Upper-middle-class, horizon-in-his-irons

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james.zeng

Member
Chinese
The following paragraph is from the "the dead road" author DW WILSON.

"On the West Coast she bops around with a university kid who wears a sweater and carries a man purse. Her dad showed me a picture of the guy, all milk-jug ears and a pinched nose that'd bust easy in a fight. Upper-middle-class, horizon-in-his-irons, that type. Not that I can really complain, I guess. Vic never mentioned him and I never mentioned him and we went about our business like we used to, like when we were sixteen and bent together in the old fur-trading fort up the beach on Caribou Road."

She refere to vic, the girlfriend of narrator,the guy is her ex. What is the Upper-middle-class, horizon-in-his-irons? What type it is?
 
  • Crockett

    Senior Member
    US English
    Hmmm. From the definition of 'irons' - great strength, hardness, or determination (merriam webster dot com) - 'horizon-in-his-irons' probably means he is a very ambitious person (with his eye on the horizon). This person is probably very career or future oriented and very optimistic. I get the impression this person hasn't had much dissapointment in life and everything just seems to go his way.
     

    james.zeng

    Member
    Chinese
    thanks for your explain about the Horizon-in-his-irons. But how about the upper-middle-class? If the guy is so good why it is upper-middle-class? And as the position of the narrator, I don't think he will descibe this guy so great!
     

    Crockett

    Senior Member
    US English
    The term 'upper-middle-class' is referring to his economic standing. I believe 'middle-class' is the average, and 'upper-middle-class' would be slightly above average. The way the narrator uses this adjective, he or she clearly looks upon the upper-middle-class with disdain. It's as if the upper-middle-class is more priviledged and gets everything they want (a free ride through life).
     

    TacoNight

    Senior Member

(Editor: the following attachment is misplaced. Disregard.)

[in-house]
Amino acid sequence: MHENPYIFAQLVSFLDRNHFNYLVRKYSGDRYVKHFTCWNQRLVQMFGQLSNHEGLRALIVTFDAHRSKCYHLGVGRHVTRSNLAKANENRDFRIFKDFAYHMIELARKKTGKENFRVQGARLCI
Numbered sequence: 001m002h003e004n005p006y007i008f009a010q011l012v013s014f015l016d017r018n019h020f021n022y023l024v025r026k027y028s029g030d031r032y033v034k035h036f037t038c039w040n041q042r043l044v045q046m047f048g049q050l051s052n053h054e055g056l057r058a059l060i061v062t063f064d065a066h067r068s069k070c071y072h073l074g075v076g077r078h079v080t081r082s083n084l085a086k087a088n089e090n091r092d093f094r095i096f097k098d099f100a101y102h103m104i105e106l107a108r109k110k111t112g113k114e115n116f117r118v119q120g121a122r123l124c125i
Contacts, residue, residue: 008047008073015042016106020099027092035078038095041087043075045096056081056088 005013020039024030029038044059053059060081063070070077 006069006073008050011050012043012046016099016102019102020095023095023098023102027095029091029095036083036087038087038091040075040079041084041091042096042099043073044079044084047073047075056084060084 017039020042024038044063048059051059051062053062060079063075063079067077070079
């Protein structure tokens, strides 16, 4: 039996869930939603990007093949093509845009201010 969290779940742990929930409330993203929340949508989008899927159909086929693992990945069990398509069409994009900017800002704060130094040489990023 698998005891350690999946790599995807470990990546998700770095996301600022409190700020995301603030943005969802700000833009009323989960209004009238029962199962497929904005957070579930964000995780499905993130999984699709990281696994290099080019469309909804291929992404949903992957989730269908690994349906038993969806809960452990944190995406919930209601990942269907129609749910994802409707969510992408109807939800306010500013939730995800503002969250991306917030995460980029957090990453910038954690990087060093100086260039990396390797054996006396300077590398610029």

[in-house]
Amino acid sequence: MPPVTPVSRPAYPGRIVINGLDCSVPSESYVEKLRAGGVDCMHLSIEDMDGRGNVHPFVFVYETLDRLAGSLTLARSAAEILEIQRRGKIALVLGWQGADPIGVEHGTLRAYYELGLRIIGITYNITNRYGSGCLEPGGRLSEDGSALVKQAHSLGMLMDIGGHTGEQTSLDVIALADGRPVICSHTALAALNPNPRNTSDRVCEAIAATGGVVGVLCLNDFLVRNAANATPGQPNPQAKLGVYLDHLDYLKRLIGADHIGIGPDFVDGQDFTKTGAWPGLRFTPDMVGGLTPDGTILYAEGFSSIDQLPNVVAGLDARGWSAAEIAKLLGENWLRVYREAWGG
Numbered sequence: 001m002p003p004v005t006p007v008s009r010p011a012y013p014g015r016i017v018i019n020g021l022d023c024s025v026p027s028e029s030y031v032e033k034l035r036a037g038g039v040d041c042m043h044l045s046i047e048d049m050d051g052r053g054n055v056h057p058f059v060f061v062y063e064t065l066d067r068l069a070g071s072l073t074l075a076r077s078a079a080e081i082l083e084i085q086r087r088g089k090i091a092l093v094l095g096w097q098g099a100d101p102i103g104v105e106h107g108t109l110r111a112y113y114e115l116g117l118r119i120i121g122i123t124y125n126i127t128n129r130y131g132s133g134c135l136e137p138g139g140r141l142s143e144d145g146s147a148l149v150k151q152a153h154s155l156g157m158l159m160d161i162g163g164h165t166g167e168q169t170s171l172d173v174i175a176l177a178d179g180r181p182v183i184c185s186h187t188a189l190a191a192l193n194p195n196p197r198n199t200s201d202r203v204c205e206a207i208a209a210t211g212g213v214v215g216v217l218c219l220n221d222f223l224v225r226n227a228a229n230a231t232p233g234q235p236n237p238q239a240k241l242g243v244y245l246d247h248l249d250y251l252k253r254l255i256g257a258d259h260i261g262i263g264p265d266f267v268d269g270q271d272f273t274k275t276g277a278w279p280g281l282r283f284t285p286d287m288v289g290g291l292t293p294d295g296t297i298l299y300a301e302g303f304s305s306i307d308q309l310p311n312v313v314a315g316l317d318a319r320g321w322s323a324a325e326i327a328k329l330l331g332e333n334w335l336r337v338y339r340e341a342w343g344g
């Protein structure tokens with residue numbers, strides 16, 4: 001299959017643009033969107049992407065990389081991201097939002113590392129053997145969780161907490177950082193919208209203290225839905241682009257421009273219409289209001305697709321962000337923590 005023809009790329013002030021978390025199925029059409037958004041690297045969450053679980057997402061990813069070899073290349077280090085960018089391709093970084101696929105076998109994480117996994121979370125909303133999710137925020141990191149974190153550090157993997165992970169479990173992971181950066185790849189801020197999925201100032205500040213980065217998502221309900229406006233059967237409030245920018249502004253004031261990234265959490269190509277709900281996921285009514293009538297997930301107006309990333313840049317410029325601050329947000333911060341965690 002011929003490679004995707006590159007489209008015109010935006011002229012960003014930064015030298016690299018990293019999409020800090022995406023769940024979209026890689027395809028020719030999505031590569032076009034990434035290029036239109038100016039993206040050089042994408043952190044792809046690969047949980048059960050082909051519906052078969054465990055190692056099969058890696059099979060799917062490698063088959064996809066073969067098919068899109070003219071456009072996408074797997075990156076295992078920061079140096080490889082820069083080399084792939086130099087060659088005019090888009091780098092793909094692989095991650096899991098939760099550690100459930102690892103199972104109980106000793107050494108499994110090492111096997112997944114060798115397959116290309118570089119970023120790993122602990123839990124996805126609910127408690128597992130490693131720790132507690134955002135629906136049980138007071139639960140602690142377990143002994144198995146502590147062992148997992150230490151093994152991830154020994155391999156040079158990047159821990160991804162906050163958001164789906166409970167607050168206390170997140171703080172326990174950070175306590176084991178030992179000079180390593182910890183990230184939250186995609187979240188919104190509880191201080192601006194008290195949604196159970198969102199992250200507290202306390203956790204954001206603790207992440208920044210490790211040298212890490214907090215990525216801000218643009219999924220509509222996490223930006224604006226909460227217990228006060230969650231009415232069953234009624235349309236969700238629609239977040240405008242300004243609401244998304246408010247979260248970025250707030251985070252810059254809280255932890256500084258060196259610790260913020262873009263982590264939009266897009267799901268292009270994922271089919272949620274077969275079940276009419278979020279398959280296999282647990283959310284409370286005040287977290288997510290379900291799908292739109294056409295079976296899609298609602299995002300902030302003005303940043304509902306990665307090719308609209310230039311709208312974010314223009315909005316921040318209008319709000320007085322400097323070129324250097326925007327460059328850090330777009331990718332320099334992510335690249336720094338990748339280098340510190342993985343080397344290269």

English - USA
    Hmmm. From the definition of 'irons' - great strength, hardness, or determination (merriam webster dot com) - 'horizon-in-his-irons' probably means he is a very ambitious person (with his eye on the horizon). This person is probably very career or future oriented and very optimistic. I get the impression this person hasn't had much dissapointment in life and everything just seems to go his way.
    I agree that 'horizon-in-his-irons' means that he is ambitious. I think 'irons' here refers to an iron sight for a gun, so that he is aiming at the horizon.
     

    james.zeng

    Member
    Chinese
    The term 'upper-middle-class' is referring to his economic standing. I believe 'middle-class' is the average, and 'upper-middle-class' would be slightly above average. The way the narrator uses this adjective, he or she clearly looks upon the upper-middle-class with disdain. It's as if the upper-middle-class is more priviledged and gets everything they want (a free ride through life).
    Is the "middle class" /the class always referring to economic standing?
     

    GreenWhiteBlue

    Senior Member
    USA - English
    Is the "middle class" /the class always referring to economic standing?
    The term middle class in American English has a very different meaning from how it is used in British English. In AE, "middle class" is an economic category: everyone who is not "rich" or "poor" considers himself "middle class". It would make perfect sense in AE to speak of a plumber, or a construction worker, or a trash collector, as being "middle class". In BE, the term refers to a social class above the working class but below the nobility and gentry. There is no contradiction in AE in describing someone as being working class and middle class at the same time, while in BE there would be.
     
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